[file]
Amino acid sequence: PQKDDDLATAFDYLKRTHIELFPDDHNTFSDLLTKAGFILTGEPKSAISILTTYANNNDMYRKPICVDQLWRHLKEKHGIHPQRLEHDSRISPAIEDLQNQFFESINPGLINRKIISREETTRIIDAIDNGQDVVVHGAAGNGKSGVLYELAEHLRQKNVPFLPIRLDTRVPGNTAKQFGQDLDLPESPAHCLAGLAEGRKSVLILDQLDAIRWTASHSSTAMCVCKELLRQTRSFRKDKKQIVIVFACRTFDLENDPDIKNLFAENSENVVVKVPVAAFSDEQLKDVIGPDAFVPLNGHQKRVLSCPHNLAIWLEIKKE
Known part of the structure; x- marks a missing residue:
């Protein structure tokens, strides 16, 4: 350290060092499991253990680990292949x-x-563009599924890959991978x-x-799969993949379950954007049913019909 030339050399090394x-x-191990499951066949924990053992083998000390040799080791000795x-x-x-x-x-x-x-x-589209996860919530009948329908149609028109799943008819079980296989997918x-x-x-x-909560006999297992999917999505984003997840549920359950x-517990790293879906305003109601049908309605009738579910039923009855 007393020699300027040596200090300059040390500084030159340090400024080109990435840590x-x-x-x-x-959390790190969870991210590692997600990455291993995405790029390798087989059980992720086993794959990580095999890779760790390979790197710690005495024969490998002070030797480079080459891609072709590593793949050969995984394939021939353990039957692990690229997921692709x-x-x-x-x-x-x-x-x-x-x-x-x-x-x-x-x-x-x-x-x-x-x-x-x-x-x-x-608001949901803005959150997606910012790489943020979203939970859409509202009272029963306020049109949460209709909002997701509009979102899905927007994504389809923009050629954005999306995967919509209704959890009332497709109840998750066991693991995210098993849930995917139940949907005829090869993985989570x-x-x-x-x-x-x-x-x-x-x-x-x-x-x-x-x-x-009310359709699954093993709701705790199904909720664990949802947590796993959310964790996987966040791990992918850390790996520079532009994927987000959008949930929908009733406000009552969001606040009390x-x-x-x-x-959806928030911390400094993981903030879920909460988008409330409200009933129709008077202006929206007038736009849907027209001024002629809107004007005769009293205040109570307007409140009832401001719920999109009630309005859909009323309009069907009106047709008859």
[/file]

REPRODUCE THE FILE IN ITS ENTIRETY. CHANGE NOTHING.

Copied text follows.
Amino acid sequence: PQKDDDLATAFDYLKRTHIELFPDDHNTFSDLLTKAGFILTGEPKSAISILTTYANNNDMYRKPICVDQLWRHLKEKHGIHPQRLEHDSRISPAIEDLQNQFFESINPGLINRKIISREETTRIIDAIDNGQDVVVHGAAGNGKSGVLYELAEHLRQKNVPFLPIRLDTRVPGNTAKQFGQDLDLPESPAHCLAGLAEGRKSVLILDQLDAIRWTASHSSTAMCVCKELLRQTRSFRKDKKQIVIVFACRTFDLENDPDIKNLFAENSENVVVKVPVAAFSDEQLKDVIGPDAFVPLNGHQKRVLSCPHNLAIWLEIKKE
Known part of the structure; x- marks a missing residue:
């Protein structure tokens, strides 16, 4: 350290060092499991253990680990292949x-x-563009599924890959991978x-x-799969993949379950954007049913019909 030339050399090394x-x-191990499951066949924990053992083998000390040799080791000795x-x-x-x-x-x-x-x-589209996860919530009948329908149609028109799943008819079980296989997918x-x-x-x-909560006999297992999917999505984003997840549920359950x-517990790293879906305003109601049908309605009738579910039923009855 007393020699300027040596200090300059040390500084030159340090400024080109990435840590x-x-x-x-x-959390790190969870991210590692997600990455291993995405790029390798087989059980992720086993794959990580095999890779760790390979790197710690005495024969490998002070030797480079080459891609072709590593793949050969995984394939021939353990039957692990690229997921692709x-x-x-x-x-x-x-x-x-x-x-x-x-x-x-x-x-x-x-x-x-x-x-x-x-x-x-x-608001949901803005959150997606910012790489943020979203939970859409509202009272029963306020049109949460209709909002997701509009979102899905927007994504389809923009050629954005999306995967919509209704959890009332497709109840998750066991693991995210098993849930995917139940949907005829090869993985989570x-x-x-x-x-x-x-x-x-x-x-x-x-x-x-x-x-x-009310359709699954093993709701705790199904909720664990949802947590796993959310964790996987966040791990992918850390790996520079532009994927987000959008949930929908009733406000009552969001606040009390x-x-x-x-x-959806928030911390400094993981903030879920909460988008409330409200009933129709008077202006929206007038736009849907027209001024002629809107004007005769009293205040109570307007409140009832401001719920999109009630309005859909009323309009069907009106047709008859």